Black Soldier Fly Larva

    Black Soldier Fly Larva (credit Black Soldier Fly

    several days, maybe even weeks before being collected. At this stage they don’t eat.  From here, it is a simple matter to collect them and feed them to your fish.

  • Worms require a fairly specific environment with regards to moisture, ph, and temperature. Different sources recommend keeping worms at a minimum of 54 and up to 70-84 degrees depending on the source of the information. BSFL are much more tolerant. Once a BSFL was tested by being submerged in isopropyl alcohol for two hours and it survived. They can survive between just above freezing and about 100 degrees.
  • Worms process about three times their weight in food scraps per week. I assume five pounds of worms would be a substantial quantity and would consume 15 pounds of food per week. A BSFL colony in a 2 foot diameter container can process 11 pounds of food every day. Even with 10 pounds of worms you would still be limited to 30 pounds of scraps per week.
  • Most kitchen scraps are converted into BSFL at a rate of 5 to 1 so 10 pounds of food scraps would yield about 2 pounds of larvae, i.e. delicious fish food, per day.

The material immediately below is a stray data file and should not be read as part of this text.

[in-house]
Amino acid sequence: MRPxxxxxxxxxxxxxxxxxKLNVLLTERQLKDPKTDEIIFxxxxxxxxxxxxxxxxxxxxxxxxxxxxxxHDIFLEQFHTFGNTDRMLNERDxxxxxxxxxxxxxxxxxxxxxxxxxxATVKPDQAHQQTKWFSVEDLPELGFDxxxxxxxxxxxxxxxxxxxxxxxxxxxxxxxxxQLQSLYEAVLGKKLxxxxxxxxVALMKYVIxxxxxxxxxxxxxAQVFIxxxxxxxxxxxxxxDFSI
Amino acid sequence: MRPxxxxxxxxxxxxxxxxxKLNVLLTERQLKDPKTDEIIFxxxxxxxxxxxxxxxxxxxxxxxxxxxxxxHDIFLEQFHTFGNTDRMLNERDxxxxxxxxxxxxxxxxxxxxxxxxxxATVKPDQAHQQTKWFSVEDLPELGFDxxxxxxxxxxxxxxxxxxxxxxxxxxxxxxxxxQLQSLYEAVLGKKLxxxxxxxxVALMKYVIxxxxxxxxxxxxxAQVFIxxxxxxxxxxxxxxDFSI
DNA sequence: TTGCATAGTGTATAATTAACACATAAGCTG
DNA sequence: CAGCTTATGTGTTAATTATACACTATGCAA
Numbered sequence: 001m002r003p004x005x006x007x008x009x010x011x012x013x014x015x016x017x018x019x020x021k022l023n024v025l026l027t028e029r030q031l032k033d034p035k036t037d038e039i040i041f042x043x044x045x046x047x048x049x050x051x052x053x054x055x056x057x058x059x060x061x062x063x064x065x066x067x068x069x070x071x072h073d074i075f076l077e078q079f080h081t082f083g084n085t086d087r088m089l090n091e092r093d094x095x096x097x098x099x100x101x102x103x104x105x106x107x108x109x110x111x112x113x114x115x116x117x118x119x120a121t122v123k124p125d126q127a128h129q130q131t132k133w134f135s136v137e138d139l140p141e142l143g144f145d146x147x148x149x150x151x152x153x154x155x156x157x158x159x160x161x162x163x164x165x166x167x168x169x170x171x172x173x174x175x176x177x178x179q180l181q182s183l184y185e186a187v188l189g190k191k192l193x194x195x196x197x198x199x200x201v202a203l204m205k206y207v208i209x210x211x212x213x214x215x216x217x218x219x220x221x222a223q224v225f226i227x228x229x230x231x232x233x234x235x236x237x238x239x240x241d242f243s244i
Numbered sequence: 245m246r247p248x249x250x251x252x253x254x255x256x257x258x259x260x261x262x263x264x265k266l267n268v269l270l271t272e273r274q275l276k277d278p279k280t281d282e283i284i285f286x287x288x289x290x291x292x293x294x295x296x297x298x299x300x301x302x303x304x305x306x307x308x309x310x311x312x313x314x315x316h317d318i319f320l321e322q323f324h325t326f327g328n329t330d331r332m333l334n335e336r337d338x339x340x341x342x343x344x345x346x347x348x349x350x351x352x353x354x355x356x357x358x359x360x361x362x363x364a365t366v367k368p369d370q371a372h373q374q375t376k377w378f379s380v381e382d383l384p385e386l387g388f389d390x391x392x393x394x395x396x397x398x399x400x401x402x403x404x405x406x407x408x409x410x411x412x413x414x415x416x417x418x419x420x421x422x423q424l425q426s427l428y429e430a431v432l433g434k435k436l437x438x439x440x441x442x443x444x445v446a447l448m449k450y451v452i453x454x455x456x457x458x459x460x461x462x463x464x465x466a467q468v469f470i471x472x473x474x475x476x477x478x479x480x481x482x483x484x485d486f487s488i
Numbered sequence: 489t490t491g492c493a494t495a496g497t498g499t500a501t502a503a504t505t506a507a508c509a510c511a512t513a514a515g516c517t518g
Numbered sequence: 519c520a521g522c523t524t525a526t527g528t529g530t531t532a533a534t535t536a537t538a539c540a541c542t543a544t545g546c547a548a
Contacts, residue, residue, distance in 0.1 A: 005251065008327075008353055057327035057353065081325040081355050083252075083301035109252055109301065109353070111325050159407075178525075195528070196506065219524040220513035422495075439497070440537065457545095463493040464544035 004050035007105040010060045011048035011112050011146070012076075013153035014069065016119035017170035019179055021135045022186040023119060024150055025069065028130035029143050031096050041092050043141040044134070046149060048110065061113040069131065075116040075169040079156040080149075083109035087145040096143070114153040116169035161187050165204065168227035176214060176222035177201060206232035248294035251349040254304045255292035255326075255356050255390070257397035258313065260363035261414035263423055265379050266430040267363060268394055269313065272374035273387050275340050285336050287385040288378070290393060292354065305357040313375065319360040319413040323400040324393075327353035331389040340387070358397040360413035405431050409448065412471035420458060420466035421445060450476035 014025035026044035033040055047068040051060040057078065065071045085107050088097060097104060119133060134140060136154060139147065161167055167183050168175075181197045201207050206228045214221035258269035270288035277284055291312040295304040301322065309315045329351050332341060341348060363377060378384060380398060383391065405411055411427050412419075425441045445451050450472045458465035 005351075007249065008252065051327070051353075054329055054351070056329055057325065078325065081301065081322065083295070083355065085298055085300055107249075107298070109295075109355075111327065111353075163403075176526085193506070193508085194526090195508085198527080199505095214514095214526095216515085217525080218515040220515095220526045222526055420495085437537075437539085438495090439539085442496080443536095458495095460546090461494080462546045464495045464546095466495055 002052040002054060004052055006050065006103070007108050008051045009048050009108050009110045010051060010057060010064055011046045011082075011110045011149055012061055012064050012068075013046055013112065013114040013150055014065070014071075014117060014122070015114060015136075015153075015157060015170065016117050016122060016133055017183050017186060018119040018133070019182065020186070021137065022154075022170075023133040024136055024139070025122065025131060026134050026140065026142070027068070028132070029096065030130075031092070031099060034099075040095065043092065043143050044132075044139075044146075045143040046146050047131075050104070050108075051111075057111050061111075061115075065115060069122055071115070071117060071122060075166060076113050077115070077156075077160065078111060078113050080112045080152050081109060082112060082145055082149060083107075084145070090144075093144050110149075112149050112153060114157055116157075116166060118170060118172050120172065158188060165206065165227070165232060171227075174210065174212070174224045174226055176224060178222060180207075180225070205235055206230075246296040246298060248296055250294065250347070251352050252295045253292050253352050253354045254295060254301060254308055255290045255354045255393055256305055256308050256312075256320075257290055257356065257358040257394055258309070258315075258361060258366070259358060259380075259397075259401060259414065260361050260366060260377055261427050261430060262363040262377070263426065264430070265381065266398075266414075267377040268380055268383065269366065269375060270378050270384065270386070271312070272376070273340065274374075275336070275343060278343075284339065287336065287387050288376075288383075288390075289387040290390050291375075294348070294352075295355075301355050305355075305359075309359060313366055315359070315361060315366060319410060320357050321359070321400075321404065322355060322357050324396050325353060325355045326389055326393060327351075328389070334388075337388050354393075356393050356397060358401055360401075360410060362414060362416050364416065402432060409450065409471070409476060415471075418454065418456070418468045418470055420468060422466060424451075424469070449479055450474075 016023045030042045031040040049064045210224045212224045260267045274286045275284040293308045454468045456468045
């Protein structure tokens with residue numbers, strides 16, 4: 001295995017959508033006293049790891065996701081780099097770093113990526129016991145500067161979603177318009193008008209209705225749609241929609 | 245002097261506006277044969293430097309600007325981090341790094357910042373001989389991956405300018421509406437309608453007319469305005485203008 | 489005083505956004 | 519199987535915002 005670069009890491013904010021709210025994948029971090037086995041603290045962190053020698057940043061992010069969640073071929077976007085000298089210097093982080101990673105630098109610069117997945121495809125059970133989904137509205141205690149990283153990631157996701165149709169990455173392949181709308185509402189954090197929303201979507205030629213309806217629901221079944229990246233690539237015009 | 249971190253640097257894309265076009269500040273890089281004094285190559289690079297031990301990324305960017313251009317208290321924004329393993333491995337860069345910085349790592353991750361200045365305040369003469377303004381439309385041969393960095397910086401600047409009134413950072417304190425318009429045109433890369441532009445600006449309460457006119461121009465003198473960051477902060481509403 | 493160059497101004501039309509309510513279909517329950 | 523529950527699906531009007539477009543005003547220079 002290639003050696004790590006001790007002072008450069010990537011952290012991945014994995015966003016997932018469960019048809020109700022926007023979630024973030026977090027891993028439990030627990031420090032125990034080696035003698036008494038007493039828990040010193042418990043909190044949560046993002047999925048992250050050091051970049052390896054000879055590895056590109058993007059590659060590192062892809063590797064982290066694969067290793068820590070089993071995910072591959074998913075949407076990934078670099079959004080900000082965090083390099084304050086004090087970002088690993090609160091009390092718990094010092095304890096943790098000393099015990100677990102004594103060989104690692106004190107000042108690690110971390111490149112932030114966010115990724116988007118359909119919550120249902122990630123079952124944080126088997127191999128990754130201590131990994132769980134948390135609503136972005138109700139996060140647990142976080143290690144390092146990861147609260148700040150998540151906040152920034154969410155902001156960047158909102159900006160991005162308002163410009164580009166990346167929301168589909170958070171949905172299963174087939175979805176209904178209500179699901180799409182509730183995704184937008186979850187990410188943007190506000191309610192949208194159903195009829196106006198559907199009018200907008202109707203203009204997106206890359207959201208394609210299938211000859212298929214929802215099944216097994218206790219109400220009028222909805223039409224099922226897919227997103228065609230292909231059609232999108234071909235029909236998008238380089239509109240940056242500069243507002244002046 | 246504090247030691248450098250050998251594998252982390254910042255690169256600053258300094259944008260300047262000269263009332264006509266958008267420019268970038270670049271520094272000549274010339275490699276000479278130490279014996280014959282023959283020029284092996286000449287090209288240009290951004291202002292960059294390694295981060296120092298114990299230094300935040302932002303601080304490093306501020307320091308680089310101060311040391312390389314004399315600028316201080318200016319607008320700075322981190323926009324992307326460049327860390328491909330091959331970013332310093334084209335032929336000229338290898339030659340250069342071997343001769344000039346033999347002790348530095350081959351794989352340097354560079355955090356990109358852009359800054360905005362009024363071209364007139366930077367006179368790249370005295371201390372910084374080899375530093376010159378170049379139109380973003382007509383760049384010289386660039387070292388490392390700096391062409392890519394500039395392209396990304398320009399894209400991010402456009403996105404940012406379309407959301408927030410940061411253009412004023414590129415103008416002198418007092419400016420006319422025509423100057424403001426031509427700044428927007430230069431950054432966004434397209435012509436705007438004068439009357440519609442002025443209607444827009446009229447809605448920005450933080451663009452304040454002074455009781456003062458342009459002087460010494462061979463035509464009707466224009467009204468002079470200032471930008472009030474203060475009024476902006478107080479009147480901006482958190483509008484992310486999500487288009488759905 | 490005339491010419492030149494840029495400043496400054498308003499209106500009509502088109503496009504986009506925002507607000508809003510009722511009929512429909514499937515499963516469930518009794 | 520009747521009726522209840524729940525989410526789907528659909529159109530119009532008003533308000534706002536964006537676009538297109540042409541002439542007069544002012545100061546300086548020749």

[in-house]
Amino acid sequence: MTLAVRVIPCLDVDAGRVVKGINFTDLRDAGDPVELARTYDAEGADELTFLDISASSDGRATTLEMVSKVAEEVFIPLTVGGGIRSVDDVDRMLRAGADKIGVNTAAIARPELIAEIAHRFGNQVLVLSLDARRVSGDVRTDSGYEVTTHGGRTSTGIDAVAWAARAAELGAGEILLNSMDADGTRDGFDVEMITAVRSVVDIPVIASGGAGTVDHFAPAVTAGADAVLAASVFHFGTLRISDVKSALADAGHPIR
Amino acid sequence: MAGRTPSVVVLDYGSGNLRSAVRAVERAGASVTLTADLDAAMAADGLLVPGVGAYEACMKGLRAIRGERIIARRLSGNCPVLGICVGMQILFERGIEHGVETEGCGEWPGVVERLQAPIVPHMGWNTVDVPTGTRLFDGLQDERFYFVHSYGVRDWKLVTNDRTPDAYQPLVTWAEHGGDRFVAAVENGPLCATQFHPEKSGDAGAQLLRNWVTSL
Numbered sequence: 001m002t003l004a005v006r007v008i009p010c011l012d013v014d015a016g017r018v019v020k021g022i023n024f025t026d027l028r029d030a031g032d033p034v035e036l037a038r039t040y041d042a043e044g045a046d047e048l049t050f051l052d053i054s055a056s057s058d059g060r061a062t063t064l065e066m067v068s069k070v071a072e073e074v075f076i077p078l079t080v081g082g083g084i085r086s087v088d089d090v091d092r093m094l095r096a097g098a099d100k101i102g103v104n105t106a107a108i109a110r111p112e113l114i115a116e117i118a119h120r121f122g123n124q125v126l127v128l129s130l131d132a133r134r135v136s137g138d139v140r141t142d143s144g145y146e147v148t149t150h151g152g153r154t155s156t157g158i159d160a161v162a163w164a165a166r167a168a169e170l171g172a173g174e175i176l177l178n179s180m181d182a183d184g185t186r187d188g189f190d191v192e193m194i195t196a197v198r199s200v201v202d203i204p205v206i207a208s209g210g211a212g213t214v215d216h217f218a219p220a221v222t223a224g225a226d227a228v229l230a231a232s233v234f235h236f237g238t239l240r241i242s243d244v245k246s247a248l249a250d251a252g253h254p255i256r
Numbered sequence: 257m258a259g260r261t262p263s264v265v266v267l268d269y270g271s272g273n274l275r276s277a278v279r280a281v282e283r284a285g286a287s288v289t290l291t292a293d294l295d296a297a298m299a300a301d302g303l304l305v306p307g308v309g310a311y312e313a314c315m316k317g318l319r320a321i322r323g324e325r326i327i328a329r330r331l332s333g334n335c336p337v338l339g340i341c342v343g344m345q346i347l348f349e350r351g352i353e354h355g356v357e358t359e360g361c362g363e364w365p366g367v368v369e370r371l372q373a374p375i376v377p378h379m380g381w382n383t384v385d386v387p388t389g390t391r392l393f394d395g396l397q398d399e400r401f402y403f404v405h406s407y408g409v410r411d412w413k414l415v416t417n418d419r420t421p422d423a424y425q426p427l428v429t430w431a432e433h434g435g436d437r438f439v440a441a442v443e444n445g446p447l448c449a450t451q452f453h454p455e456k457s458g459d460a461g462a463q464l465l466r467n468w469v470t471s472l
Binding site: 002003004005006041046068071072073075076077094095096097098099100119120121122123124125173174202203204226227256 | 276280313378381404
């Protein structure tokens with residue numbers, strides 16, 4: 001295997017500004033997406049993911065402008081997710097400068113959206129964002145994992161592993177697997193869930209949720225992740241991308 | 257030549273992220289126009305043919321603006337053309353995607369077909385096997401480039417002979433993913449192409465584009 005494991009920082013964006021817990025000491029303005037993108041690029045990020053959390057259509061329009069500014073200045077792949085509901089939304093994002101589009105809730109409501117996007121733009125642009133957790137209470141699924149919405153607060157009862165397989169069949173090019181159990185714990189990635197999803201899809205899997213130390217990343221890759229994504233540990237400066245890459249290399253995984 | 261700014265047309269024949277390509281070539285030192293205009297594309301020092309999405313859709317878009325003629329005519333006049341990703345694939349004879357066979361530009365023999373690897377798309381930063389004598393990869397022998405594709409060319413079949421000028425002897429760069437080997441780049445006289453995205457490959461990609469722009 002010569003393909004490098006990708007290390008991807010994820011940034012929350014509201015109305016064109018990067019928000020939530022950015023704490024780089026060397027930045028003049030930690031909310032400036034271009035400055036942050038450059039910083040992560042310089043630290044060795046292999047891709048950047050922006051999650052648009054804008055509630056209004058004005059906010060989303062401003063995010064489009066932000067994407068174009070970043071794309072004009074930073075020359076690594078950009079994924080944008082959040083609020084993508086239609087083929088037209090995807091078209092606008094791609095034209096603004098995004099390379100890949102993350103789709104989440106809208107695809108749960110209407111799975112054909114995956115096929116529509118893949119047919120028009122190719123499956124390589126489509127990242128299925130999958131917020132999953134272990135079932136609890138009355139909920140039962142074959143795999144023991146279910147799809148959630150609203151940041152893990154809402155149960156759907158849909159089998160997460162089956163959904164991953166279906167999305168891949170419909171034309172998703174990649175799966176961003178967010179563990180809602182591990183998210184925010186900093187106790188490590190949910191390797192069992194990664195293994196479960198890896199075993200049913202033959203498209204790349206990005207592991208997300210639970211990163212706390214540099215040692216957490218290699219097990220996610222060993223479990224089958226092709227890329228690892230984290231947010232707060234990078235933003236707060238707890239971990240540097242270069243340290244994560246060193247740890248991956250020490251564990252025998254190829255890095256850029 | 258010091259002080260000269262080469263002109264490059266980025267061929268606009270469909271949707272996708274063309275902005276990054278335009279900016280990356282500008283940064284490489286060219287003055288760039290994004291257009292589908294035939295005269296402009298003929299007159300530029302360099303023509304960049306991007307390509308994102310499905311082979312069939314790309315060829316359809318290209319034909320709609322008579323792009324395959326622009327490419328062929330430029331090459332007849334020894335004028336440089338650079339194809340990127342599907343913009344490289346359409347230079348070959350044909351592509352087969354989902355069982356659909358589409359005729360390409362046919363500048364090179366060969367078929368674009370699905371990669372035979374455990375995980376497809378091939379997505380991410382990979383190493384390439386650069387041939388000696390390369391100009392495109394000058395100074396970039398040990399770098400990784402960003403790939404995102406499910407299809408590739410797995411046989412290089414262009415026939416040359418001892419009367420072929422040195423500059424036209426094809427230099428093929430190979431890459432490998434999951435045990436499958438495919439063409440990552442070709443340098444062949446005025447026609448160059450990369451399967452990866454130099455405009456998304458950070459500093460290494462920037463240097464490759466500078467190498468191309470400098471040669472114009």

Sure convinced me, but tragically we don’t have BSF in Colorado!  Ends up you need to be in zones 7 – 10 (sometimes 6) to have BSF, and because they are winged creatures having a native supply is a requirement.  So there is a plus for the redworms – they won’t fly off on you!

The BioPod Plus

The BioPod Plus

For more information please check out The BioPod Plus at The Aquaponic Source.  If you purchase one before June 15th we will pay the shipping.

Happy grubbing!

From Hydroponics to Aquaponics

June 3, 2010

I am very excited (“tickled pink” as my mother would say) about being invited to write a monthly column on aquaponics for The Growing Edge.  Growing Edge is probably my favorite gardeningThe Growing Edge logo magazine (now turned e-magazine) because it is the only publication I know of that gives serious, but always interesting, treatment to alternative gardening methods without any of the 20-something male, hot-rod look of typical hydroponic publications.  They have agreed to let me reprint my articles here for you.  The introductory installment is below – enjoy!